I don’t know if you were deliberately trying to draw a distinction between rifles and flintlock muskets, but there wasn’t as much of a disparity between the firearms used by the insurgents and their assailants as you might think: sure, the insurgents were working with a hodgepodge, but it was a hodgepodge with a large proportion of ‘borrowed’ military weapons, and the army’s guns weren’t all that advanced either. Reliable breech-loaders still hadn’t been perfected yet and wouldn’t start becoming regular infantry weapons until the 1840s, and percussion locks were a new invention that had only become standard issue for officers’ pistols in the past year or two. (Enjolras’ gun, described as a double-barrelled carabine de chasse, is probably more advanced than the infantry’s smoothbore muzzle-loaders: when it’s specified as being a hunting weapon, a carabine isn’t a short-barrelled cavalry carbine, it’s a rifle, which given the near impossibility of shoving a bullet down a rifled barrel means it’s probably an early model of a bolt-action firearm. These were popular for civilian use even if they weren’t reliable or practical enough for soldiers, so it’s not surprising one or two of the students seem to have one, especially since some of them appear to be weapons geeks.) Basically disparities in weaponry weren’t that huge to begin with, and had less of an impact on close-quarters urban warfare than disparities in supply lines and ammunition.

So yeah. Also bear in mind that they were holding a well-fortified position against a force made up partly of regular soldiers and partly of assorted citizens’ militias (Paris municipal guard, Paris national guard, national guard from the surrounding suburbs and countryside) who weren’t always particularly professional. The center of the actual 1832 revolt was a two-day battle of 60 against 60,000 that was only quashed when there was a major disparity in firepower, i.e. when the use of artillery against the insurgents was authorized.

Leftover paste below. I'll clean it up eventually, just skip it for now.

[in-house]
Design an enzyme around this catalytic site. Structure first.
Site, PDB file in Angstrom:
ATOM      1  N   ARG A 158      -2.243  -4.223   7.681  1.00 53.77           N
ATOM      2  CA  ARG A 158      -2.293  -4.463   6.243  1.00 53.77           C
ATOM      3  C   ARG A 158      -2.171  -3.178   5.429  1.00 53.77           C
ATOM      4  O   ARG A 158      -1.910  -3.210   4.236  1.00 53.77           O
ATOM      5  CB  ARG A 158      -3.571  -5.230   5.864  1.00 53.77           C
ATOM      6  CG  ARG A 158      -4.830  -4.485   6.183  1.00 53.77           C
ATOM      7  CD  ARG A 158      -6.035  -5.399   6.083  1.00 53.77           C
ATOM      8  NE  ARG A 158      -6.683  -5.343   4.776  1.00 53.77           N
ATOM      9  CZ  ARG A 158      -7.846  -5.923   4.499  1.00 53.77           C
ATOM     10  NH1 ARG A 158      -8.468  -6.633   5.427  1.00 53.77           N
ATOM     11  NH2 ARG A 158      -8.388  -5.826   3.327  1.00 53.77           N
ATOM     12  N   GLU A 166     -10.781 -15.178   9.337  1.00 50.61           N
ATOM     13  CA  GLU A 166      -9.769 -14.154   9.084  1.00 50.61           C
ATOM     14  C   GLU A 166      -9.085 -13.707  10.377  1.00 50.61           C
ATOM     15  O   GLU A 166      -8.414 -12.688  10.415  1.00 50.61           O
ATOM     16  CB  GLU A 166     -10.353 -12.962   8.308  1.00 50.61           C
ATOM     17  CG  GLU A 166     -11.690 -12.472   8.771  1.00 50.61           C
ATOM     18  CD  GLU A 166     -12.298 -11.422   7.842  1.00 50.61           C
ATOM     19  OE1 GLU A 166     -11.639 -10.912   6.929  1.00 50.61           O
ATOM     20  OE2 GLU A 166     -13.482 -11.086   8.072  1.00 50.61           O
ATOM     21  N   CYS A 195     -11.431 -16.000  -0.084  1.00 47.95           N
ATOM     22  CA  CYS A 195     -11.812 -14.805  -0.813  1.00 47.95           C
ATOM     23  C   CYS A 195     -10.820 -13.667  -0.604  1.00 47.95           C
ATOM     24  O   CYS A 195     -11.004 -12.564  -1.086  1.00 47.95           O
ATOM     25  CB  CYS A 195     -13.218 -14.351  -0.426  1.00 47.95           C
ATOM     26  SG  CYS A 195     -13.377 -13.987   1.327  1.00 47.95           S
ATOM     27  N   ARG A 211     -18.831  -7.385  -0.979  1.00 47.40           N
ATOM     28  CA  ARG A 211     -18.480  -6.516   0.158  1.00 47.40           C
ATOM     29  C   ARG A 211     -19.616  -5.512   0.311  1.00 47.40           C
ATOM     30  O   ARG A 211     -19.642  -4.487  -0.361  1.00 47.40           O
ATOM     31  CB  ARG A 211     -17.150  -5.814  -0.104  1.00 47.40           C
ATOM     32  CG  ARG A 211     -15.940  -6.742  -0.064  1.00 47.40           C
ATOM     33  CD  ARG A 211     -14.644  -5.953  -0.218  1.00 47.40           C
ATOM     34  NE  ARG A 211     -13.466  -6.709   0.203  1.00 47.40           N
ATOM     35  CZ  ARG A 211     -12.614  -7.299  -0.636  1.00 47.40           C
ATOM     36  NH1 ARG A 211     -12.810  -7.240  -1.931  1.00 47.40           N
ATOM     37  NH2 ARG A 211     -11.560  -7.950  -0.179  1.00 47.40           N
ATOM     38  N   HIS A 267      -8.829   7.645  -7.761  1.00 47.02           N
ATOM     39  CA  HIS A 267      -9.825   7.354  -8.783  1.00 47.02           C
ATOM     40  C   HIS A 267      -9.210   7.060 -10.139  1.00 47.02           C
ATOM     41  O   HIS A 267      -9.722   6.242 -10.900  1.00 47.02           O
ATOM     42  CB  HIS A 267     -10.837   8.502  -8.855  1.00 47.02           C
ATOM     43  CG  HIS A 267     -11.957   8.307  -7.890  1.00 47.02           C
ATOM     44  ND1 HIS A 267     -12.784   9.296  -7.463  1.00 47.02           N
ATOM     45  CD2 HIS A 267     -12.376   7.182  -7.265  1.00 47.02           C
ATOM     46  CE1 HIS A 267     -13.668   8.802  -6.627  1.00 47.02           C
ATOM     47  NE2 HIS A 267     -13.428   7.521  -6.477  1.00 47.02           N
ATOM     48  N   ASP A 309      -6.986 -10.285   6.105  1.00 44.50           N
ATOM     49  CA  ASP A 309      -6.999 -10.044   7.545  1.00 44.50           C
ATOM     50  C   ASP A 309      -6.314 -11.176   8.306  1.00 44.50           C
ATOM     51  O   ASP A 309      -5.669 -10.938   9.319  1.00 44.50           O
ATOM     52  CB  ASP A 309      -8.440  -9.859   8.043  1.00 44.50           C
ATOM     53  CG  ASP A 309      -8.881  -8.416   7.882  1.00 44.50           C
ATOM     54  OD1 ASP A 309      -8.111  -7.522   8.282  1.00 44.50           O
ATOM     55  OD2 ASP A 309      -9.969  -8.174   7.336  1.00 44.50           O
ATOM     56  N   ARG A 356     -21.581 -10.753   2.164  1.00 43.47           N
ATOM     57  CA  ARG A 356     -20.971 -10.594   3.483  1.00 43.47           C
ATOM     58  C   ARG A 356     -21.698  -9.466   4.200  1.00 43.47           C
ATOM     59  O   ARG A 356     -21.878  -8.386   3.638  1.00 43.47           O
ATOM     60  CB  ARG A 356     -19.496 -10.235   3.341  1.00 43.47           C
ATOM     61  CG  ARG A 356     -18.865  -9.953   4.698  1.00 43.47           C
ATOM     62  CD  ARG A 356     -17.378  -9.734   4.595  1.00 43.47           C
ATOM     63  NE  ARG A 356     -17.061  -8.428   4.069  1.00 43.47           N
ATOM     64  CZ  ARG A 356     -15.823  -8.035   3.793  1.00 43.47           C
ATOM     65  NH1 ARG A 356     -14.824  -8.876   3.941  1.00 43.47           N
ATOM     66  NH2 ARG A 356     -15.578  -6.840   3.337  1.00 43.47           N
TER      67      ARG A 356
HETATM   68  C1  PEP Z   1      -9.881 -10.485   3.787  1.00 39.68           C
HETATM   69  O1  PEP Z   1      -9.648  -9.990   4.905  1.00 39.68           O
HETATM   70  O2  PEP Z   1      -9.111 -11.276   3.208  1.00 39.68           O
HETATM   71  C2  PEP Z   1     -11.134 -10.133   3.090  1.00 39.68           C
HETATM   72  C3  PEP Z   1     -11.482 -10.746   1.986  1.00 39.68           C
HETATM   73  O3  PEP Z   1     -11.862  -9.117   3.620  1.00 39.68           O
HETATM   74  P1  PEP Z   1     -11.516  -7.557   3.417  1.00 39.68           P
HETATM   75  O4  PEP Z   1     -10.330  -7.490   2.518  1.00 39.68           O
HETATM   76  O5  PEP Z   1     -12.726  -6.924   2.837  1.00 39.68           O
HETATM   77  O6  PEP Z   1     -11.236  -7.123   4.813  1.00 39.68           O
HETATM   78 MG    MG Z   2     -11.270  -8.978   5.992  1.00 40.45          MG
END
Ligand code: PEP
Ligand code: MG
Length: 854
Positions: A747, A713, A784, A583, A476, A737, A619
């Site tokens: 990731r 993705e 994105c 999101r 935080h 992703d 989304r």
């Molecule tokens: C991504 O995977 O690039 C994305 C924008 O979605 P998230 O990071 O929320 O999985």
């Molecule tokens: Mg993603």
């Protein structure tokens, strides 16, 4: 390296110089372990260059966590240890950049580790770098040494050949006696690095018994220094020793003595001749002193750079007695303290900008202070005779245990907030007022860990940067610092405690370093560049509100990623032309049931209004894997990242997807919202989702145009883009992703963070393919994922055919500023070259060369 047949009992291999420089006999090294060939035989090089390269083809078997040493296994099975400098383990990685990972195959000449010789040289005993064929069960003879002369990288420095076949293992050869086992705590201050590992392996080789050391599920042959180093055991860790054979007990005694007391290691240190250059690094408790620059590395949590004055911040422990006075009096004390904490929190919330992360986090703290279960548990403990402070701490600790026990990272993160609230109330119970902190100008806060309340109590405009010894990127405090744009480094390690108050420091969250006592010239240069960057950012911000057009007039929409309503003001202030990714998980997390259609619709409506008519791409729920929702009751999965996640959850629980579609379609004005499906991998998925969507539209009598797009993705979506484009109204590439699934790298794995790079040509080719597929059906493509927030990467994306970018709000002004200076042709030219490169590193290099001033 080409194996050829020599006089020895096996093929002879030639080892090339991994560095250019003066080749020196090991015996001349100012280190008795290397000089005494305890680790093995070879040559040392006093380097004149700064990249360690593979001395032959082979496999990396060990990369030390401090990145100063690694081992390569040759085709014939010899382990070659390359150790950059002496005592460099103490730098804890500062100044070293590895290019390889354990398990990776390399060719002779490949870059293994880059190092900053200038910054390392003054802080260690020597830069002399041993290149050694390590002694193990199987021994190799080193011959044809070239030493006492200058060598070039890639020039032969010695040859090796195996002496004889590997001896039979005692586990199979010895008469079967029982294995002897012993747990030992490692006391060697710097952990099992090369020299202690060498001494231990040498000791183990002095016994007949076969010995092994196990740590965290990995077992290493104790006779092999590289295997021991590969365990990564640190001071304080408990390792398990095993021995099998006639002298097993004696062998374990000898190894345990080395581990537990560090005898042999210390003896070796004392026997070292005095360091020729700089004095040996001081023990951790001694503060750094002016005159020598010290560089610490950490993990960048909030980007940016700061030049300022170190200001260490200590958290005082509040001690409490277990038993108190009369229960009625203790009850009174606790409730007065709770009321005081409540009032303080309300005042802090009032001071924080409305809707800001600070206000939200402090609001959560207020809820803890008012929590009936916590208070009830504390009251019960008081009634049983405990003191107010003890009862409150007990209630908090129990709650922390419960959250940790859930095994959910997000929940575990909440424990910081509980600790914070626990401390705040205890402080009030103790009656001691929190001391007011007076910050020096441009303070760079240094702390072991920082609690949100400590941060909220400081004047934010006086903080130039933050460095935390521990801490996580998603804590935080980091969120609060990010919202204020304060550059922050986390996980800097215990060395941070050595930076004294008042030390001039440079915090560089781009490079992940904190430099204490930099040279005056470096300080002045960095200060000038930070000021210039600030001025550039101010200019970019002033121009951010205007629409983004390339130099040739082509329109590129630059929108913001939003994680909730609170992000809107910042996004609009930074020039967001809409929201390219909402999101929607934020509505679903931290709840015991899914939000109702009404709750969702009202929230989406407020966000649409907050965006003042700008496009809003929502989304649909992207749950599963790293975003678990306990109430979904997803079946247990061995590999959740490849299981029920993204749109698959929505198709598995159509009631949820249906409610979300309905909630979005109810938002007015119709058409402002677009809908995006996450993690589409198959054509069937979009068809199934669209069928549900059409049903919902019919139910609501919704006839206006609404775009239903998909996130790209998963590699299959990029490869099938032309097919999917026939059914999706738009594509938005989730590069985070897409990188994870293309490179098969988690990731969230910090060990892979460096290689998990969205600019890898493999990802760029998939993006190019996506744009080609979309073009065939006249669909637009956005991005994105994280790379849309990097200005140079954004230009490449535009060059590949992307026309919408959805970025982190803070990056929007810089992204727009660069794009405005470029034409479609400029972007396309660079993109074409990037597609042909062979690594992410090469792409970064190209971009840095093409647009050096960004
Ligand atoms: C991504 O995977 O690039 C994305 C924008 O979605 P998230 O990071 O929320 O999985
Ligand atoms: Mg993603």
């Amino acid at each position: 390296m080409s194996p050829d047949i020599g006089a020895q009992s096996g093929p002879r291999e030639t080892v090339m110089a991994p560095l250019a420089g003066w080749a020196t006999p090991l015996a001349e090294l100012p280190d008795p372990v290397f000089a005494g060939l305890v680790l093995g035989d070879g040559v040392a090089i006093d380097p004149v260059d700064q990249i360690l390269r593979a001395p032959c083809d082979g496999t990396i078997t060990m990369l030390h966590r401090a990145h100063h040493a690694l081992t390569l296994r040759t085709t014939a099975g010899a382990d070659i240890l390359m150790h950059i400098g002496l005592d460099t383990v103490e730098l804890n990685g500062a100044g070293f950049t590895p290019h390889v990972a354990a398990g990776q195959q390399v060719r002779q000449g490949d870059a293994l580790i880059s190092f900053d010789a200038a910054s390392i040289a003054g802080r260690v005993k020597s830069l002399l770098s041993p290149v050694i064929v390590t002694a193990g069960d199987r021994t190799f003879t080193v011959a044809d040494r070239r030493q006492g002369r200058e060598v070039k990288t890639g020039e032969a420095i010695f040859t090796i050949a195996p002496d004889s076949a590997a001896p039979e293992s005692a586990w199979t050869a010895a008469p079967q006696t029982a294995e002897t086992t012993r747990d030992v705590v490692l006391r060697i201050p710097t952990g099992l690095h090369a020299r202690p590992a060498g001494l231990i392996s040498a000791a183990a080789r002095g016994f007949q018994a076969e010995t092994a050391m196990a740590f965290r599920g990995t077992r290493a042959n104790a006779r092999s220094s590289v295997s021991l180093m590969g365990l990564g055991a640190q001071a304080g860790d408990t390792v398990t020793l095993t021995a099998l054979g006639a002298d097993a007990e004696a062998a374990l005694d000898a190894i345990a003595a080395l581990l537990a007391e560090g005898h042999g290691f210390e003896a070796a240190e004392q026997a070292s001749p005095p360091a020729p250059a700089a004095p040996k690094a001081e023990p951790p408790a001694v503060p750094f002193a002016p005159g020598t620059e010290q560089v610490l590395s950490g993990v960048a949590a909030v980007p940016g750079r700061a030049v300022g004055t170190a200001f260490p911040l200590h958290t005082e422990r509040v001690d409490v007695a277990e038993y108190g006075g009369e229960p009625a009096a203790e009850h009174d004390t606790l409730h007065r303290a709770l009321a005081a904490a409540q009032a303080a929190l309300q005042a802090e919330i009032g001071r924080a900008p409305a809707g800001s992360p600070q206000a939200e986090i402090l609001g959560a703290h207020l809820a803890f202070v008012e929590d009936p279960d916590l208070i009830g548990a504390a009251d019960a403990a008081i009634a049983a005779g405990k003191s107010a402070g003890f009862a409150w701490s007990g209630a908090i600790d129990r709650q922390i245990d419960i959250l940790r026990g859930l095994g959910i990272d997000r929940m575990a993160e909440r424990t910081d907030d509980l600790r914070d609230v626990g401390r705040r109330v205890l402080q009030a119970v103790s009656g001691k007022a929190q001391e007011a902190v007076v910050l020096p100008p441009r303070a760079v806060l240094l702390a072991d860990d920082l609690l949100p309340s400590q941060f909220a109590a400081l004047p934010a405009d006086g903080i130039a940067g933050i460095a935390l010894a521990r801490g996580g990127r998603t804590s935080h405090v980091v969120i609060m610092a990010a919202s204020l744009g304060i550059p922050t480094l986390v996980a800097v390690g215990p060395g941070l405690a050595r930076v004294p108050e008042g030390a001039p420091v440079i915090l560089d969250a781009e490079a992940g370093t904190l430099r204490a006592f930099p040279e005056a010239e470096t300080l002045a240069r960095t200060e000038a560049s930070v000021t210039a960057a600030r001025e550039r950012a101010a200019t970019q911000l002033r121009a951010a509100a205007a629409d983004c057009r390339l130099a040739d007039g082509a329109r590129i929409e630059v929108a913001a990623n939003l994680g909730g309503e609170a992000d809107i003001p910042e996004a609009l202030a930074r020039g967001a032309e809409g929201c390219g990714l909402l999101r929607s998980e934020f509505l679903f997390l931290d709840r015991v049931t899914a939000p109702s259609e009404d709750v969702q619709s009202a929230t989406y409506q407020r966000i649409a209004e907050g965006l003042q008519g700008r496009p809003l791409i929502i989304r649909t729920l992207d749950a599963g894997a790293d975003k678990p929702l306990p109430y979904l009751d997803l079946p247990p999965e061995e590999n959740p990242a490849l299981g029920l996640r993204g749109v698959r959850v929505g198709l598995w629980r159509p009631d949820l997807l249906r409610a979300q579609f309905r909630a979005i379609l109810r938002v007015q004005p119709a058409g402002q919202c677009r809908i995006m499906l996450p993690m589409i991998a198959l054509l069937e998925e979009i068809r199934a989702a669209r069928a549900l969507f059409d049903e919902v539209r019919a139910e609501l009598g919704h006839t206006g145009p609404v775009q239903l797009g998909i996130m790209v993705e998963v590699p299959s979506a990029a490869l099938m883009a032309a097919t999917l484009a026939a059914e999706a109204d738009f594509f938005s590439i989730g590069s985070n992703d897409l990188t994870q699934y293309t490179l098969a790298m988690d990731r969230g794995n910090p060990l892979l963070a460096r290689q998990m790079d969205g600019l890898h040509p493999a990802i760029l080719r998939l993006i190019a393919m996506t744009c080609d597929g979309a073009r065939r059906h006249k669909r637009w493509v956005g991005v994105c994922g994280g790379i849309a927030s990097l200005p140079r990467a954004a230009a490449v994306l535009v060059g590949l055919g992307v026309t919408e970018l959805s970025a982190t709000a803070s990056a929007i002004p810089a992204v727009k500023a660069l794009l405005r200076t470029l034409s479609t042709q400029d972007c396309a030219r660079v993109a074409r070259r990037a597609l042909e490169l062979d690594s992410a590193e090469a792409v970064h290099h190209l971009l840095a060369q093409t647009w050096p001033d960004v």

Hégésippe Moreau - Les 5 et 6 juin 1832: Chant funèbre

Ils sont tous morts, morts en héros,
Et le désespoir est sans armes ;
Du moins, en face des bourreaux
Ayons le courage des larmes !

Ces enfants qu’on croyait bercer
Avec le hochet tricolore
Disaient tout bas : il faut presser
L’avenir paresseux d’éclore :
Quoi ! nous retomberions vainqueurs
Dans le filets de l’esclavage !
Hélas ! pour foudroyer trois fleurs
Fallait-il donc trois jours d’orage ?

Ils sont tous morts, morts en héros,
Et le désespoir est sans armes ;
Du moins, en face des bourreaux
Ayons le courage des larmes !

Le peuple, ouvrant les yeux enfin,
Murmurait : On trahit ma cause ;
Un roi s’engraisse de ma faim
Au Louvre, que mon sang arrose ;
Moi, dont les pieds nus foulaient l’or,
Moi, dont la main brisait un trône,
Quand elle peut combattre encor,
Irai-je la tendre à l’aumône ?

Ils sont tous morts, morts en héros,
Et le désespoir est sans armes ;
Du moins, en face des bourreaux
Ayons le courage des larmes !

La liberté pleurait celui
Qu’elle inspira si bien naguère ;
Mais un fer sacrilège a lui,
Et l’ombre pousse un cri de guerre :
Guerre et mort aux profanateurs !
Sur eux le sang versé retombe,
Et les Français gladiateurs
S’égorgent devant une tombe.

Ils sont tous morts, morts en héros,
Et le désespoir est sans armes ;
Du moins, en face des bourreaux
Ayons le courage des larmes !

Alors le bataillon sacré
Surgit de la foule, et tout tremble ;
Mais contre eux Paris égaré
Leva ses milles bras ensemble.
On prêta, pour frapper leur sein,
Des poignards à la tyrannie,
Et les derniers coups du tocsin
N’ont sonné que leur agonie.

Ils sont tous morts, morts en héros,
Et le désespoir est sans armes ;
Du moins, en face des bourreaux
Ayons le courage des larmes !

Non, non, ils ne s’égaraient pas
Vers un avenir illusoire :
Ils ont prouvé par leur trépas
Qu’aux Décius on pouvait croire.
O ma patrie ! ô liberté !
Quel réveil, quand sur nos frontières
La République aurait jeté
Ce faisceau de troupes guerrières !

Ils sont tous morts, morts en héros,
Et le désespoir est sans armes ;
Du moins, en face des bourreaux
Ayons le courage des larmes !

Sous le dôme du Panthéon,
Vous qui rêviez au Capitole,
Enfants, que l’appel du canon
Fit bondir des bancs d’une école
Au toit qui reçut vos adieux
Que les douleurs seront amères,
Lorsque d’un triomphe odieux
Le bruit éveillera vos mères !

Ils sont tous morts, morts en héros,
Et le désespoir est sans armes ;
Du moins, en face des bourreaux
Ayons le courage des larmes !

On insulte à ce qui n’est plus,
Et moi seul j’ose vous défendre :
Ah ! si nous les avions vaincus,
Ceux qui crachent sur votre cendre,
Les lâches, ils viendraient, absous
Par leur défaite expiatoire,
Sur votre cercueil à genoux,
Demander grâce à la victoire.

Ils sont tous morts, morts en héros,
Et le désespoir est sans armes ;
Du moins, en face des bourreaux
Ayons le courage des larmes !

Martyrs, à vos hymnes mourants
Je prêtais une oreille avide ;
Vous périssiez, et dans vos rangs
La place d’un frère était vide.
Mais nous ne formions qu’un concert,
Et nous chantions tous la patrie,
Moi sur la couche de Gilbert,
Vous sur l’échaffaud de Borie.

Ils sont tous morts, morts en héros,
Et le désespoir est sans armes ;
Du moins, en face des bourreaux
Ayons le courage des larmes !